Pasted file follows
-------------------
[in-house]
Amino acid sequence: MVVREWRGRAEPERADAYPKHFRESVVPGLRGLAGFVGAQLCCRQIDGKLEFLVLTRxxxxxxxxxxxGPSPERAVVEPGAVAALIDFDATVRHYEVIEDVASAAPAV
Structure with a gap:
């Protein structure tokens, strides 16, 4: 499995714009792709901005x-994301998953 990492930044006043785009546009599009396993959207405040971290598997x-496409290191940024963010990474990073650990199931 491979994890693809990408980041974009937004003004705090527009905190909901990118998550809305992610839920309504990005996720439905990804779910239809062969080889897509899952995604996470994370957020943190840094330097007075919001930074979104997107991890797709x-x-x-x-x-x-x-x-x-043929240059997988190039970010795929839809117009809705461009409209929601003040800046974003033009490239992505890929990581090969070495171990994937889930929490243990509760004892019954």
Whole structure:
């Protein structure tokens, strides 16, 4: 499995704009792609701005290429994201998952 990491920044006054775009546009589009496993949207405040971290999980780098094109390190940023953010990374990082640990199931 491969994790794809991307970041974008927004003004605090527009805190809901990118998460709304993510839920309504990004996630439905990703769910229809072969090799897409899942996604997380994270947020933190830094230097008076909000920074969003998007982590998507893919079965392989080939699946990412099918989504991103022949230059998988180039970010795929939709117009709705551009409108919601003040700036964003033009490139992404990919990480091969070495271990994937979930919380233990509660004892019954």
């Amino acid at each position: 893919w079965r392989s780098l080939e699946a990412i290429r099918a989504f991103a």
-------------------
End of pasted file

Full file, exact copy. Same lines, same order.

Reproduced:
[in-house]
Amino acid sequence: MVVREWRGRAEPERADAYPKHFRESVVPGLRGLAGFVGAQLCCRQIDGKLEFLVLTRxxxxxxxxxxxGPSPERAVVEPGAVAALIDFDATVRHYEVIEDVASAAPAV
Structure with a gap:
């Protein structure tokens, strides 16, 4: 499995714009792709901005x-994301998953 990492930044006043785009546009599009396993959207405040971290598997x-496409290191940024963010990474990073650990199931 491979994890693809990408980041974009937004003004705090527009905190909901990118998550809305992610839920309504990005996720439905990804779910239809062969080889897509899952995604996470994370957020943190840094330097007075919001930074979104997107991890797709x-x-x-x-x-x-x-x-x-043929240059997988190039970010795929839809117009809705461009409209929601003040800046974003033009490239992505890929990581090969070495171990994937889930929490243990509760004892019954």
Whole structure:
């Protein structure tokens, strides 16, 4: 499995704009792609701005290429994201998952 990491920044006054775009546009589009496993949207405040971290999980780098094109390190940023953010990374990082640990199931 491969994790794809991307970041974008927004003004605090527009805190809901990118998460709304993510839920309504990004996630439905990703769910229809072969090799897409899942996604997380994270947020933190830094230097008076909000920074969003998007982590998507893919079965392989080939699946990412099918989504991103022949230059998988180039970010795929939709117009709705551009409108919601003040700036964003033009490139992404990919990480091969070495271990994937979930919380233990509660004892019954």
């Amino acid at each position: 893919w079965r392989s780098l080939e699946a990412i290429r099918a989504f991103a």